No Ground Wire In Outlet Box
Some homes without the ground wire, may be wired with BX or armored cable. This is the cable with the flexible metal casing around the wire. If this is the supply to your outlets, and it runs from your metal boxes all the way to your entrance box (where your fuses are), you are in luck. The outer casing of this wire can serve as the ground.
Generally, NO. Without a ground wire attached to the box, attaching a ground wire from the outlet to the box is useless. It would only be acceptable if the box were connected to the building ground through metal conduit. To ensure that the conduit is properly connected, a ground bond test should be performed.
This is how Ground is provided at every outlet box in the house. And in all of these, NOTHING (except a Ground lead) should be connected to that Ground, so it never carries any current under normal circumstances. In older systems there was no Ground lead extending beyond the main fuse box, and no Ground bus in the box.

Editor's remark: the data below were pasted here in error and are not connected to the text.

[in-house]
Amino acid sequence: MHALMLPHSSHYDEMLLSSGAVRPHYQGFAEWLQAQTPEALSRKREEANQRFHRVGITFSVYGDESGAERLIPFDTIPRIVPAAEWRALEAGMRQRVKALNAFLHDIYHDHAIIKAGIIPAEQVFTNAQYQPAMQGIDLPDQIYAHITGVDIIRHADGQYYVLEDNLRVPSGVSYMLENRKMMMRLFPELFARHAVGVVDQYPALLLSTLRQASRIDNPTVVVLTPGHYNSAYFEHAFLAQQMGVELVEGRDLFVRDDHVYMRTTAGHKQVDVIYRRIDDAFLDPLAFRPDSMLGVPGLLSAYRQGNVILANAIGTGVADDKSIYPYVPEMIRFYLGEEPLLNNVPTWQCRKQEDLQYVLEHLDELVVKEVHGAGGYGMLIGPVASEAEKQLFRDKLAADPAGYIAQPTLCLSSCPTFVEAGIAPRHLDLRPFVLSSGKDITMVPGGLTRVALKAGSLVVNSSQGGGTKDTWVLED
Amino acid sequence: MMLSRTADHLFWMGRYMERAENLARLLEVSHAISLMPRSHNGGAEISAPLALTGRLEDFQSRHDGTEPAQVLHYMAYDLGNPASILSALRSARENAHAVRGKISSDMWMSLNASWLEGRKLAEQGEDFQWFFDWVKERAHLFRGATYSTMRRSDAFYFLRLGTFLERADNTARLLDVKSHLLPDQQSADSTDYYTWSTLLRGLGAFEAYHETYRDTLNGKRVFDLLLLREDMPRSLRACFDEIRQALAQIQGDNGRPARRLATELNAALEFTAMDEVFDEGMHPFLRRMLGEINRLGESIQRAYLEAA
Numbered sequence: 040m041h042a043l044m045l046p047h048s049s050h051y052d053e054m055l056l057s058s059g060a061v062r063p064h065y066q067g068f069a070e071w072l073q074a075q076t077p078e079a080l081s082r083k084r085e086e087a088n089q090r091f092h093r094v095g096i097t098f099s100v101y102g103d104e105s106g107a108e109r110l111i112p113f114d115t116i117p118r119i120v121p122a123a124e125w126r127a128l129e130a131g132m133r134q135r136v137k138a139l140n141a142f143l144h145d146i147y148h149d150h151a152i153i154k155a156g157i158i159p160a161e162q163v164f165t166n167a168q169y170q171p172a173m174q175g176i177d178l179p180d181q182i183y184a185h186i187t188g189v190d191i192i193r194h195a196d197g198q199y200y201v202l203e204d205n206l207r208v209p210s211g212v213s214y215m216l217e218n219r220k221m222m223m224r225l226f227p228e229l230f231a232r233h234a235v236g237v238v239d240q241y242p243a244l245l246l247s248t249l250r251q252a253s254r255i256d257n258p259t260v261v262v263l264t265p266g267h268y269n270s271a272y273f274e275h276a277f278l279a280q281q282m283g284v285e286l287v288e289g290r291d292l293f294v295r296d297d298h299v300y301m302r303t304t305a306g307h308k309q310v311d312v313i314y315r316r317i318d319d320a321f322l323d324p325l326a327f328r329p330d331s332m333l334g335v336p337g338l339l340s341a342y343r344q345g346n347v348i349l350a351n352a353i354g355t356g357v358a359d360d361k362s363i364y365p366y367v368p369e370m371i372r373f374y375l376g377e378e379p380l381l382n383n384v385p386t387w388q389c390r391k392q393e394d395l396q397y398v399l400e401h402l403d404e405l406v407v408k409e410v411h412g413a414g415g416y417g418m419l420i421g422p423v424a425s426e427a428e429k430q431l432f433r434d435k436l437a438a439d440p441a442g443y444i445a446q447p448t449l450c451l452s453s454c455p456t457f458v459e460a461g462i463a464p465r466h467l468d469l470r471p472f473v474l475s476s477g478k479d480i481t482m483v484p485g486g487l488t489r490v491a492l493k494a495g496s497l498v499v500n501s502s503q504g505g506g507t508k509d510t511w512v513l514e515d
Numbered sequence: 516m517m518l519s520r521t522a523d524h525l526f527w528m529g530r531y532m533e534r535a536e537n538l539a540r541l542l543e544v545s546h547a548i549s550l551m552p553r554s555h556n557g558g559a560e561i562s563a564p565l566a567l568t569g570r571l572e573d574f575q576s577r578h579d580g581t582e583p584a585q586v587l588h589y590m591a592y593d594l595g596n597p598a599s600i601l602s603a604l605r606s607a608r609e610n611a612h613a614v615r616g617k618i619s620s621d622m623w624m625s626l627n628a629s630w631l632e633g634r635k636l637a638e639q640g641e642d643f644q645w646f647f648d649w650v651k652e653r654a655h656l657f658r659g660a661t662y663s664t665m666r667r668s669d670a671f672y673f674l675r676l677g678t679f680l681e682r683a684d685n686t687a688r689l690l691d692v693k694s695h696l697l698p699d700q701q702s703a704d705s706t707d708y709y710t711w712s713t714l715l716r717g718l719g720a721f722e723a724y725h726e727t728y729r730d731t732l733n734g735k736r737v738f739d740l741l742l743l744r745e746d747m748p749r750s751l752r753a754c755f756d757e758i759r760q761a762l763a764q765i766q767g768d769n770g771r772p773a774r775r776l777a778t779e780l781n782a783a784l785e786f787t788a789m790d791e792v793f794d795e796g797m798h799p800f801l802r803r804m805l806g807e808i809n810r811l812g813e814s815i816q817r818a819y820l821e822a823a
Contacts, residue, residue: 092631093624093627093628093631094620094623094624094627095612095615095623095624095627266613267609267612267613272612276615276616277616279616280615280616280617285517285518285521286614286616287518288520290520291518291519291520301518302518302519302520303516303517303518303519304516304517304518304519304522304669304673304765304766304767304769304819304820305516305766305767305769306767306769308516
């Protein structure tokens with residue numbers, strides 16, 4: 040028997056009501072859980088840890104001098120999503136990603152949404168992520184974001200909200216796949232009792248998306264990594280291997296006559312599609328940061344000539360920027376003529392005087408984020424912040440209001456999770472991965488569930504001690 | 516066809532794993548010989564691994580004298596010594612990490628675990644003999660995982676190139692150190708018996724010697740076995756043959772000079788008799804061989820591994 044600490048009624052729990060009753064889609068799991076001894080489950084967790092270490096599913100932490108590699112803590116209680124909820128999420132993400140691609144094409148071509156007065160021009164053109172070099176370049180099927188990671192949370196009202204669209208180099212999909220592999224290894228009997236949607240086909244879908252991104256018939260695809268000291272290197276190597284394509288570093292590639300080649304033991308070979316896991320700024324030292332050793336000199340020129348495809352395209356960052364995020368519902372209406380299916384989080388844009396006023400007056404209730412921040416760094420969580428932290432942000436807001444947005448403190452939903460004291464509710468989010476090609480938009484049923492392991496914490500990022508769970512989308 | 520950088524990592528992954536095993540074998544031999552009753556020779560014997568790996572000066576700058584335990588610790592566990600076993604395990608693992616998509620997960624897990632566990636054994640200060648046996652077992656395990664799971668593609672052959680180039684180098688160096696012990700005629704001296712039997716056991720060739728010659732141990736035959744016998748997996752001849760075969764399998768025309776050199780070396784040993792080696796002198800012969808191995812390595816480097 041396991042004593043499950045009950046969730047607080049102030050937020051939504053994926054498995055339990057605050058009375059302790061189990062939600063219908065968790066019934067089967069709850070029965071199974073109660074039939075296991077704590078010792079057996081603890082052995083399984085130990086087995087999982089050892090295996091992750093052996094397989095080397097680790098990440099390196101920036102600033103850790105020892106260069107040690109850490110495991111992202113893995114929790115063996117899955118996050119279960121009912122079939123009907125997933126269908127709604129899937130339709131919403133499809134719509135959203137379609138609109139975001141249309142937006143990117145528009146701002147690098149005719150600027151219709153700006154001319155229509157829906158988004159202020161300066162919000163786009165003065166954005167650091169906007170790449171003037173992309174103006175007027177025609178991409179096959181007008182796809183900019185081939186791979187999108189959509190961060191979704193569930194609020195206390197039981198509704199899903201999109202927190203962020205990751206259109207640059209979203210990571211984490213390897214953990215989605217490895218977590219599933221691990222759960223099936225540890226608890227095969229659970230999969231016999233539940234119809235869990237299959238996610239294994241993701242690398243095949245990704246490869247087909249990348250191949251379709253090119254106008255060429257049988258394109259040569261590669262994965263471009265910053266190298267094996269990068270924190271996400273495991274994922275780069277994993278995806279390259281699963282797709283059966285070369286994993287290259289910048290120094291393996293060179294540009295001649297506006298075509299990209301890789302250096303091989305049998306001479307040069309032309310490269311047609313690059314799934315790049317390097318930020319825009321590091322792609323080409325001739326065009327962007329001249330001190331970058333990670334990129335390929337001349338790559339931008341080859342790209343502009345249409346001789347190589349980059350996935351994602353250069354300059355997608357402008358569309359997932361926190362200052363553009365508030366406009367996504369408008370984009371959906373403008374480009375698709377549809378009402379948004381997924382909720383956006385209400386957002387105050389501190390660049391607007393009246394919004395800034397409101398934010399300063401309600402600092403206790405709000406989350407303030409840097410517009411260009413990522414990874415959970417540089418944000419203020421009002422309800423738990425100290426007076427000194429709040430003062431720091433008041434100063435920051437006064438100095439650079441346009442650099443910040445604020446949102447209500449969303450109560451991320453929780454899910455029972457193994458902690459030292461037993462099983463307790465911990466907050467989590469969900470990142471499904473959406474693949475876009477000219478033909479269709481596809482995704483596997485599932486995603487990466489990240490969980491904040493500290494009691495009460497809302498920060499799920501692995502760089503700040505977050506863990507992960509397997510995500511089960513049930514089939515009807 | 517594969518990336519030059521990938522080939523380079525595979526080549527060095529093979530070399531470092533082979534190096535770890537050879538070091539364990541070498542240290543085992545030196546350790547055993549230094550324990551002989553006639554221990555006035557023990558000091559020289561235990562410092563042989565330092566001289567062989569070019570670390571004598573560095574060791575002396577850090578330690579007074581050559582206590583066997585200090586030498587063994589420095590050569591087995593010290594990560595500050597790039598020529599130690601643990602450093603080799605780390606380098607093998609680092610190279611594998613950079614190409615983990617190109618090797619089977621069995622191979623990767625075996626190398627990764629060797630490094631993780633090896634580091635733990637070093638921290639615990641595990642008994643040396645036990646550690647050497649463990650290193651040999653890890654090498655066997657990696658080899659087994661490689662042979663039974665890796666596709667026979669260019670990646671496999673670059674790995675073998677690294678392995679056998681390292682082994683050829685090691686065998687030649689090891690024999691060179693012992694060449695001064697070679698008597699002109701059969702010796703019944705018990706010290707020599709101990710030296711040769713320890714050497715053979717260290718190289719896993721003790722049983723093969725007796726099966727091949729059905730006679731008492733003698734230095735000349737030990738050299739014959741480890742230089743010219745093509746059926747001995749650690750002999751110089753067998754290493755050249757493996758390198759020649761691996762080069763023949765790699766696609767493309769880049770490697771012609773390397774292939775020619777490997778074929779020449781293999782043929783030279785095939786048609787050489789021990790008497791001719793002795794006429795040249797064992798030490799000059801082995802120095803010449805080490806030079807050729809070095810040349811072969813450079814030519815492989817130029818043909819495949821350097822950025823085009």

The junction box will have a green screw. Screw the ground wire to this as it connects to a tapped threaded hole on the back side of the junction box. If there's no screw, there should be a grounding clip. This secures the ground wire to the edge of the metal junction box.
In older homes open grounds are quite commonly found, this is due to the original wiring systems not being upgraded to a three wire system or only selective areas being upgraded. The methods of grounding these receptacles vary greatly dependent on the period when they were installed or upgraded. A grounded Outlet.
Contact between an attached device (such as a light switch or outlet) and the metal box completes the grounding contact. Romex or NM wiring can be used with metal electrical boxes when the bare or green grounding wire is attached to the box by a screw.